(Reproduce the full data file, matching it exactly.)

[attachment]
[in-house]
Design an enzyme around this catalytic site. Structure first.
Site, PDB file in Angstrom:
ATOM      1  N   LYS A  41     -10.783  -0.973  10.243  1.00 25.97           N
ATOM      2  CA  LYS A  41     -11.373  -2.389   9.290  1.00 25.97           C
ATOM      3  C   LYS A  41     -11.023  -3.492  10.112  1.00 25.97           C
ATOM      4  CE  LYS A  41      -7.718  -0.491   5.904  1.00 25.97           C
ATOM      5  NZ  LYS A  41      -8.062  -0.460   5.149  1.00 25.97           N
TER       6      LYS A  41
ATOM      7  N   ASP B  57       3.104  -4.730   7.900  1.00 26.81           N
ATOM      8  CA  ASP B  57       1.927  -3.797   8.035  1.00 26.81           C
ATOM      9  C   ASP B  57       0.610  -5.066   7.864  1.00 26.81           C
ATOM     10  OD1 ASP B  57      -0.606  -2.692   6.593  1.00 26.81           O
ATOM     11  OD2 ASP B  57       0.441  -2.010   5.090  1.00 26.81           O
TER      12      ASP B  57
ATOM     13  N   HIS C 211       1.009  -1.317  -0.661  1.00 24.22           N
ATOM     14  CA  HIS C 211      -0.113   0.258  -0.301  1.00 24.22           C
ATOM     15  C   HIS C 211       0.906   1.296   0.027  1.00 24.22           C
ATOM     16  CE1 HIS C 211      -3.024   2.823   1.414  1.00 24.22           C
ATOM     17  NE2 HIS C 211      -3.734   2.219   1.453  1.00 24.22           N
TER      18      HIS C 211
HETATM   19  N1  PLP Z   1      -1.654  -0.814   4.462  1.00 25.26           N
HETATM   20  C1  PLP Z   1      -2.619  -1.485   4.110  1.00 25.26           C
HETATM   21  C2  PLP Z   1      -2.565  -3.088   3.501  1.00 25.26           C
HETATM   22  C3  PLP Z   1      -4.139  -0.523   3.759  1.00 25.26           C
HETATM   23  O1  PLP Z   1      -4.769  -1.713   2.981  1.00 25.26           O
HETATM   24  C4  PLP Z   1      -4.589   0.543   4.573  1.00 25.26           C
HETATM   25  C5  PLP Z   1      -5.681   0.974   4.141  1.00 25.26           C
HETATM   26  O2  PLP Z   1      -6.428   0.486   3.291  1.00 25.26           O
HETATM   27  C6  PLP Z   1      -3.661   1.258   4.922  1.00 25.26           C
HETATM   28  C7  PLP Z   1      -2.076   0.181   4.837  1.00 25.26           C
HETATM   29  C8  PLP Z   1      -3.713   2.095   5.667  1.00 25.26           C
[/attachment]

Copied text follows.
[in-house]
Design an enzyme around this catalytic site. Structure first.
Site, PDB file in Angstrom:
ATOM      1  N   LYS A  41     -10.783  -0.973  10.243  1.00 25.97           N
ATOM      2  CA  LYS A  41     -11.373  -2.389   9.290  1.00 25.97           C
ATOM      3  C   LYS A  41     -11.023  -3.492  10.112  1.00 25.97           C
ATOM      4  CE  LYS A  41      -7.718  -0.491   5.904  1.00 25.97           C
ATOM      5  NZ  LYS A  41      -8.062  -0.460   5.149  1.00 25.97           N
TER       6      LYS A  41
ATOM      7  N   ASP B  57       3.104  -4.730   7.900  1.00 26.81           N
ATOM      8  CA  ASP B  57       1.927  -3.797   8.035  1.00 26.81           C
ATOM      9  C   ASP B  57       0.610  -5.066   7.864  1.00 26.81           C
ATOM     10  OD1 ASP B  57      -0.606  -2.692   6.593  1.00 26.81           O
ATOM     11  OD2 ASP B  57       0.441  -2.010   5.090  1.00 26.81           O
TER      12      ASP B  57
ATOM     13  N   HIS C 211       1.009  -1.317  -0.661  1.00 24.22           N
ATOM     14  CA  HIS C 211      -0.113   0.258  -0.301  1.00 24.22           C
ATOM     15  C   HIS C 211       0.906   1.296   0.027  1.00 24.22           C
ATOM     16  CE1 HIS C 211      -3.024   2.823   1.414  1.00 24.22           C
ATOM     17  NE2 HIS C 211      -3.734   2.219   1.453  1.00 24.22           N
TER      18      HIS C 211
HETATM   19  N1  PLP Z   1      -1.654  -0.814   4.462  1.00 25.26           N
HETATM   20  C1  PLP Z   1      -2.619  -1.485   4.110  1.00 25.26           C
HETATM   21  C2  PLP Z   1      -2.565  -3.088   3.501  1.00 25.26           C
HETATM   22  C3  PLP Z   1      -4.139  -0.523   3.759  1.00 25.26           C
HETATM   23  O1  PLP Z   1      -4.769  -1.713   2.981  1.00 25.26           O
HETATM   24  C4  PLP Z   1      -4.589   0.543   4.573  1.00 25.26           C
HETATM   25  C5  PLP Z   1      -5.681   0.974   4.141  1.00 25.26           C
HETATM   26  O2  PLP Z   1      -6.428   0.486   3.291  1.00 25.26           O
HETATM   27  C6  PLP Z   1      -3.661   1.258   4.922  1.00 25.26           C
HETATM   28  C7  PLP Z   1      -2.076   0.181   4.837  1.00 25.26           C
HETATM   29  C8  PLP Z   1      -3.713   2.095   5.667  1.00 25.26           C